A Work of Art        
                              

      One day an artist who was exploring nature, stumbled
across a rock, a rough piece with jagged edges and sharp
corners.  In this unrefined granite, he saw a wild and natural
beauty, so he took it home to create art.

      For days and weeks and months, he gradually carved
his anger, engraved his passion and imprinted his love. He
chiseled his pain, shaped his fear and grooved his hope.
Finally the rock morphed into a naked man sitting on a
pedestal.

      Every time the capricious artist touched the statuette,
he infused a mélange of emotions into the vague image of
himself. And when he gazed at his own creation, his art
invoked a fresh blend of sentiments he’d not yet bestowed
upon his subject. As many times as the artist strived to
reshape the statue, his artwork transformed into a being
even more exotic than before, thus less recognizable by his
creator.   

      The emaciated man with cadaverous eyes slouched on
a pedestal was nothing but a plague lurking in his own dust
in the eyes of his maker. He was tossed on the ground and
cursed by his creator, yet he never broke. His appalling
silence further enraged the artist.   

      The deranged sculptor once grabbed the hammer to
crush the jinx yet he didn’t have the heart to break himself
into pieces. One day he took the doomed object to a bazaar
and secretly deserted his artwork on the counter of a store
packed with replica figurines and hastily fled his crime
scene with a heart filled with sorrow.

      A few hours later, a woman who was standing a few
steps ahead of her husband noticed the statue and
screamed, “Look! This one is not fake, a genuine piece of
art.” She picked it out from the pile of replicas, paid the
same price for it and took it home despite her husband’s
protest.  In their house the statue sat on the shelf in peace
for only a few days. Every time the couple quarreled, the
little statue became a topic in their array of arguments. The
husband was not fond of the new addition and had no
regard for his wife’s adulation for art.

      The more she showed her affection for the naked man,
the more her husband despised the carved stone and
cursed its inept creator. And the more he detested the
statue, the more she grew fond of him. Soon the statuette
became the centerpiece of their constant bickering. Once in
the middle of a heated dispute, she grabbed the effigy and
before her husband’s bewildered eyes rubbed it all over her
body and moaned, “He’s more of a man than you’ve ever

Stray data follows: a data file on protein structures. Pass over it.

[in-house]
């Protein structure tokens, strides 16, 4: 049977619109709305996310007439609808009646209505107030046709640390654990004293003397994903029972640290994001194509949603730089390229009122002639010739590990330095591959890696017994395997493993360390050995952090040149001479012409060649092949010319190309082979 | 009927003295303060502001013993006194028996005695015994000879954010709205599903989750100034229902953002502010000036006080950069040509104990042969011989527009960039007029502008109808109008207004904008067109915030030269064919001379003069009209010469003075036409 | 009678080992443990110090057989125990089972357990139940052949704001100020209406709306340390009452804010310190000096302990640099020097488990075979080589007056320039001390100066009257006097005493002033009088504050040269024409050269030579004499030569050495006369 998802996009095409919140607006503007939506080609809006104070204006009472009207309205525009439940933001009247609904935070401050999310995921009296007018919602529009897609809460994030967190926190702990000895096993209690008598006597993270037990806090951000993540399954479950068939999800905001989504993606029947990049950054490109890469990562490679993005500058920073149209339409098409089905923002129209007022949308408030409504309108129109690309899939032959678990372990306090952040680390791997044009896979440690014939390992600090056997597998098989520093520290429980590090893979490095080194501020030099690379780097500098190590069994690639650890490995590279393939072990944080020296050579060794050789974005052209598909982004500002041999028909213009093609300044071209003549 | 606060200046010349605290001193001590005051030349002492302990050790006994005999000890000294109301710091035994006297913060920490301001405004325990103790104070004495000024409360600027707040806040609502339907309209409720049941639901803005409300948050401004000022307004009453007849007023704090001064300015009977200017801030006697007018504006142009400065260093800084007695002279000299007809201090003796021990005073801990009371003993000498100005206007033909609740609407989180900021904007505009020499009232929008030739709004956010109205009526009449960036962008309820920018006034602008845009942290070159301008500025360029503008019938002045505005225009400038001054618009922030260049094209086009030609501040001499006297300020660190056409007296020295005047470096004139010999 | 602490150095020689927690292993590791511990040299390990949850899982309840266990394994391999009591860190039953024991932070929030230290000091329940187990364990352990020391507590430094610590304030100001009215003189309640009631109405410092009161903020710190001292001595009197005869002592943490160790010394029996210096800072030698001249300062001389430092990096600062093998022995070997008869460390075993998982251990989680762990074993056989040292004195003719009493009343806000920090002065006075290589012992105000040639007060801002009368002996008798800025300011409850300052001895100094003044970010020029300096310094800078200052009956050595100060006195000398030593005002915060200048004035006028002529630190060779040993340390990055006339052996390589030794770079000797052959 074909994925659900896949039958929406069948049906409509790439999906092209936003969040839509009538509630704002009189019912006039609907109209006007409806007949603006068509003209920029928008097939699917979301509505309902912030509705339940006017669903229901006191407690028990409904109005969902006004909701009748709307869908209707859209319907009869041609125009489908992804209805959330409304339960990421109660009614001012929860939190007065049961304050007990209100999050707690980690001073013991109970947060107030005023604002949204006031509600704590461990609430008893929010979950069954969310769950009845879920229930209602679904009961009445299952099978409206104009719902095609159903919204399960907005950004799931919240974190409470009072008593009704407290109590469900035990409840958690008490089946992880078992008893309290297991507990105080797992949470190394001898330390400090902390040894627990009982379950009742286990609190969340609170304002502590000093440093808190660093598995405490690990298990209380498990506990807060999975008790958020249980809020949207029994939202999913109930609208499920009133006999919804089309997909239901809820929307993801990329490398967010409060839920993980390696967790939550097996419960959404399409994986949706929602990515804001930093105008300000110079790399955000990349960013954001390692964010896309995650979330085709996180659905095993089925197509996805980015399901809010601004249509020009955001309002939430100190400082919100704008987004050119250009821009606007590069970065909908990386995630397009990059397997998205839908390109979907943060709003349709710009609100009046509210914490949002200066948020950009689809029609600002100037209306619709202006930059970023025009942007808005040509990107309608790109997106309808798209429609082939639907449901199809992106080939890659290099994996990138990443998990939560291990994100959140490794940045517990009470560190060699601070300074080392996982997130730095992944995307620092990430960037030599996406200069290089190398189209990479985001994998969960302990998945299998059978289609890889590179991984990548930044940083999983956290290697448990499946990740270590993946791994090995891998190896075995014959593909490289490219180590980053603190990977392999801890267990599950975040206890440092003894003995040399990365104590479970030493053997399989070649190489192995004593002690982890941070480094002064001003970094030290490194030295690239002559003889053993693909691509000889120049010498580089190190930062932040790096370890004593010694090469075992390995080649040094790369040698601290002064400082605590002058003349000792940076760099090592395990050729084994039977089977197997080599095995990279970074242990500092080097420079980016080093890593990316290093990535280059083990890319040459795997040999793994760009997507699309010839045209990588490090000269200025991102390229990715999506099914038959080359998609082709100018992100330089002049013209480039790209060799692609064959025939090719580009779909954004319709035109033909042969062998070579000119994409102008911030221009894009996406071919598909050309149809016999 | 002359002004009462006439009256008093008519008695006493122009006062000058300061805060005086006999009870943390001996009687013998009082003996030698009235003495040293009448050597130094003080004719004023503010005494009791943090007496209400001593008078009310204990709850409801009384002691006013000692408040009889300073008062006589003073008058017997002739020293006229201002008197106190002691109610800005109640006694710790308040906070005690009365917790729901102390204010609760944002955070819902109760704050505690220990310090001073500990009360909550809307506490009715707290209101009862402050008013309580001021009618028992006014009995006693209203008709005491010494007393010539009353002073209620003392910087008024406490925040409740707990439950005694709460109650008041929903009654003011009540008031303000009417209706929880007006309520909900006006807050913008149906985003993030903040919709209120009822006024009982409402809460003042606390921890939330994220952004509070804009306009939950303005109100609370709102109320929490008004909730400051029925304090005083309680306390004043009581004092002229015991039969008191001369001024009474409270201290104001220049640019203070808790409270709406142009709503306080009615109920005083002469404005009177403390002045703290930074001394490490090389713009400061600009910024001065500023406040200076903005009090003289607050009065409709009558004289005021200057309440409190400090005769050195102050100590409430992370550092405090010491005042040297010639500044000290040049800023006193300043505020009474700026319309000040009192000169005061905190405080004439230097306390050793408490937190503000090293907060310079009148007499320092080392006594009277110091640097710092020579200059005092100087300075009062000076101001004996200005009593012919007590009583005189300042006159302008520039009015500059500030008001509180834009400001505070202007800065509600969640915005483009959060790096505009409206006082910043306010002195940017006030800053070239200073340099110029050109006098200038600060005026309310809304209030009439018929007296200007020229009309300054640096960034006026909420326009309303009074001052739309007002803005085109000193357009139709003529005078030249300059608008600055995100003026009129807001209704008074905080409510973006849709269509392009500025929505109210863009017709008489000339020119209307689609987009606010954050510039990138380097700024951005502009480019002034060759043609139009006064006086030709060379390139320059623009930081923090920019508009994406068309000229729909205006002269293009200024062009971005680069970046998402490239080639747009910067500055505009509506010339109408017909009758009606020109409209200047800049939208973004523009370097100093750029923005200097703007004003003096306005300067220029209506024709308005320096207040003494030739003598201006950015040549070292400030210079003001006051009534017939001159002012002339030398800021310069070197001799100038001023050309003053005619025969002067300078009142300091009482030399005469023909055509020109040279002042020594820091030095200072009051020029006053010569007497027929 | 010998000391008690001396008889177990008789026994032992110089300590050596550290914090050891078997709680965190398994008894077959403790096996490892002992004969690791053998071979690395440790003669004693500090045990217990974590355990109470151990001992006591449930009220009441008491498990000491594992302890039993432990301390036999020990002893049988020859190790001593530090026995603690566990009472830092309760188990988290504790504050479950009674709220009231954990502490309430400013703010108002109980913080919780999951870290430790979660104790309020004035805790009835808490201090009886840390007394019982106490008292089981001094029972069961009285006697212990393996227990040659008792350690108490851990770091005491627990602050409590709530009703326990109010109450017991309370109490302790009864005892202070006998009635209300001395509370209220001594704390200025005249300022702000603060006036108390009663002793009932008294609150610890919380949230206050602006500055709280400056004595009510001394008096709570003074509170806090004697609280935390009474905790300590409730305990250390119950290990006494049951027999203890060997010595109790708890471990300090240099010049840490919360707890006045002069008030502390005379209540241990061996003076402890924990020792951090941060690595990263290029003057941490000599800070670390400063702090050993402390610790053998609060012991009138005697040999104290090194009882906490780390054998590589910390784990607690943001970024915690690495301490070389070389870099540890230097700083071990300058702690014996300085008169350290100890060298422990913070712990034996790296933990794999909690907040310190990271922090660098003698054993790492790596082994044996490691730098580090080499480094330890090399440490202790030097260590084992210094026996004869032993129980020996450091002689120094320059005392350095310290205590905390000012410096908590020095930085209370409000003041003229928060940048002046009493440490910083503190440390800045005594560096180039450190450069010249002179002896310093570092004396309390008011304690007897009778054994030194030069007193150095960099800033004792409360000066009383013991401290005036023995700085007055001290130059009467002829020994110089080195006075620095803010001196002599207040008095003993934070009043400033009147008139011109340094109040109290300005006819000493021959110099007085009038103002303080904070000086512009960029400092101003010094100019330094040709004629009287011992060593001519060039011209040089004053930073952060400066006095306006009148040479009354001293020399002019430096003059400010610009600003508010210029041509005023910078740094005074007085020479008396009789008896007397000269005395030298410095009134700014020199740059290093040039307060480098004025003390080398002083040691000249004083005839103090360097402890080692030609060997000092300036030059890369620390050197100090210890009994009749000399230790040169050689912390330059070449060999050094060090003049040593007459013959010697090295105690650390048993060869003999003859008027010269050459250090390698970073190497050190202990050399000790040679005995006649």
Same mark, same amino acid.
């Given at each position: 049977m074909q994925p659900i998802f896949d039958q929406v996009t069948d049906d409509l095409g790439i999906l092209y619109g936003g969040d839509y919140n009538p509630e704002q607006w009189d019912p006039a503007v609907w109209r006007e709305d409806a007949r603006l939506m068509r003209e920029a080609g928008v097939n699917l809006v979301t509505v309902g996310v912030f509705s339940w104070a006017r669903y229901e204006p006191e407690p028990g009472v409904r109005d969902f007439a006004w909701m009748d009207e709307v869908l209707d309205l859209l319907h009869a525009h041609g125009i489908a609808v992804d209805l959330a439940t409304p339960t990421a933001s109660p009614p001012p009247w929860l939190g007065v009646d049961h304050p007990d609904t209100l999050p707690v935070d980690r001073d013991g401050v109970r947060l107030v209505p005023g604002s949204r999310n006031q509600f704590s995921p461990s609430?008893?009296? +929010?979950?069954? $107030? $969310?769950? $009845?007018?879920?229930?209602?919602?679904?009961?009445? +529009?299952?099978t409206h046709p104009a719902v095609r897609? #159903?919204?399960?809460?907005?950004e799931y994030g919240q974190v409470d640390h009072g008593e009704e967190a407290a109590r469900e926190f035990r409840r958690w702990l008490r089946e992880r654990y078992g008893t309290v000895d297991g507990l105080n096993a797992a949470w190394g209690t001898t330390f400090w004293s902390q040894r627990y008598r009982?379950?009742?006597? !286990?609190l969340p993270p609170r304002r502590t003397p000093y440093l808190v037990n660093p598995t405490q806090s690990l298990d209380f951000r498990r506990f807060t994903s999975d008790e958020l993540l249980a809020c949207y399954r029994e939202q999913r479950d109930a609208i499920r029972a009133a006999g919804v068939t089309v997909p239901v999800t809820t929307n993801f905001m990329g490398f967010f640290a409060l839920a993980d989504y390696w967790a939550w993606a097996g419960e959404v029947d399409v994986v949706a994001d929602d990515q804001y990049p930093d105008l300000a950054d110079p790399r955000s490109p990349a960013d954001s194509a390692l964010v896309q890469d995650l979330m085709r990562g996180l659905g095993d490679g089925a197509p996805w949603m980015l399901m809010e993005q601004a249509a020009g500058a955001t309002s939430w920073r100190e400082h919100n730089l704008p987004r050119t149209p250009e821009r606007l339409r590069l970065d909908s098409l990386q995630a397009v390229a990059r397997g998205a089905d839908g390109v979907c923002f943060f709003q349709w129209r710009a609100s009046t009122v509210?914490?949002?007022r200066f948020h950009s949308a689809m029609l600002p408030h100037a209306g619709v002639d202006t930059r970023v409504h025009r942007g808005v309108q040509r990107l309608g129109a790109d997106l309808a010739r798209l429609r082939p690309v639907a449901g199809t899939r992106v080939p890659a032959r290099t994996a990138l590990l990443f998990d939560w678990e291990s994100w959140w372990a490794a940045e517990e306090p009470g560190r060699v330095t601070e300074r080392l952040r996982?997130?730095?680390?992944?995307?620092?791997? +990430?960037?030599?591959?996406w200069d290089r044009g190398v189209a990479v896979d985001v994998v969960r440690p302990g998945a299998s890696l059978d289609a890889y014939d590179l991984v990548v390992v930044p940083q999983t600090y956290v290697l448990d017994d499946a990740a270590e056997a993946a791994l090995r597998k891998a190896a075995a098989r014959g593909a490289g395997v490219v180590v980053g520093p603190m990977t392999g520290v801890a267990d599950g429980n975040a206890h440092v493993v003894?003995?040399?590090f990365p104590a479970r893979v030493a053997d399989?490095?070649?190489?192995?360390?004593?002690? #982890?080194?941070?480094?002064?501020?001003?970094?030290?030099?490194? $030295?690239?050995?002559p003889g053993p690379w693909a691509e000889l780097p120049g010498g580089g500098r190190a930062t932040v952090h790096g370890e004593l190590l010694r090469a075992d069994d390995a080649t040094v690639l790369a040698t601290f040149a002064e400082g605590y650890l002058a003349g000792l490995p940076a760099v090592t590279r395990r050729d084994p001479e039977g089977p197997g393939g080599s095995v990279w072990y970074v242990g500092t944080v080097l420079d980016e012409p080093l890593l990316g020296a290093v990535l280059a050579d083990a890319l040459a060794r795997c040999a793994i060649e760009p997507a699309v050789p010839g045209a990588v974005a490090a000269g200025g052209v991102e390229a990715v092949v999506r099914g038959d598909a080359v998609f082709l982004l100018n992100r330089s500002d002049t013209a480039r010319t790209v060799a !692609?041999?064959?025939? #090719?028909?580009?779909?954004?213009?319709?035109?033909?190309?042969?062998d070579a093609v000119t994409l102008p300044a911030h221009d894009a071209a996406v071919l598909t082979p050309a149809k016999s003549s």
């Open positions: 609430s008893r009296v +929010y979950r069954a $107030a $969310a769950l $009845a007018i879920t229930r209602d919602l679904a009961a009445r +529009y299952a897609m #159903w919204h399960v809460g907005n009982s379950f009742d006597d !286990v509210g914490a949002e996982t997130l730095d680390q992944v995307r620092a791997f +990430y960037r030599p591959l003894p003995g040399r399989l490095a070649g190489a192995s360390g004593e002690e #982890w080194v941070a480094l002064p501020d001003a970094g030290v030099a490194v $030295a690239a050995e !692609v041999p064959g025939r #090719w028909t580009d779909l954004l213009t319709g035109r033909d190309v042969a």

been!”  The hatred in her husband’s eyes signaled the end
of his sojourn in their house.  

      Later that night in the course of a new argument, once
again the statue came under attack. The raving husband
suddenly stormed the artwork to smash it into pieces and
the wife snatched her beloved art just in time to prevent the
tragedy. When the enraged husband viciously attacked his
wife, she crushed his head with the statue clutched in her
fist. The husband collapsed before her feet. Blood gushed
all over the floor. The wife was as petrified as the stone in
her hand when police arrived. She was taken away and the
statue confiscated as a murder weapon.

For a long time the silent statue was paraded in courtrooms
before the anxious eyes of a vast audience and members of
the jury during her trial. When she was eventually
sentenced to life in prison, the statue was condemned to sit
on the shelf along with other murder weapons in a dark
room in the central police station. The thinker co-habited
with daggers, chains, clubs and shotguns for years until he
was finally auctioned off for petty change.

      Then he was repeatedly sold in garage sales and flea
markets and lived in different homes. At times, he was
thrown at stray dogs and hit the nails on the head. Among
other services he rendered, he served as a book holder, a
paperweight, and a doorstop.  Until one day a man tripped
over this amorphous object and fell. He furiously picked up
the carved stone and threw it out the window cursing it
under his breath.

      The statue hit the ground and shattered. His entire
body scattered on the pavement and his head landed
under a bush. His nose broke, his lips chipped and his chin
scarred. His face cracked, his neck fractured, and his ears
marred. He was not recognizable anymore. Once again he’d
turned into what he was before, a crude piece of rock with
rough edges and sharp corners. He remained there until a
torrential rain swept him off into a creek and he traveled a
long distance by the water.

      One day, two children found him on the river’s bank.
The little boy used him to draw pictures on the ground. The
damaged rock managed to draw a horse and a bicycle on
the sidewalk for the boy before he was completely
deformed. His eyes were filled with dirt and his ears all worn
off.

      The boy tossed the rock on the ground and the little
girl picked it up. In this little rock, she saw a face and took it
home.  She washed his hair, removed the dirt from his eyes
and wiped the scars off his face with her gentle touch. At
the dinner table, she placed him next to her plate, caressed
his face and kissed him on the cheek. Her mother noticed
the rock and her daughter’s affection toward it.

      “Are you collecting rocks sweetie?“ she asked.

      “No, mommy,” the little girl replied, “this is a face. See!”

She showed the blemished statue head to her parents.
They exchanged a puzzled look and smiled.

      From that day on, he stayed on the desk by the lamp in
her room. His face shone by the nightlight at bedtime when
she told him the events of her day. The statue remained
her soul mate for years to come. With him she shared all
her dreams, her secrets and her hopes. And only once the
ruined piece of art shared his life story and she pledged to
write his tale.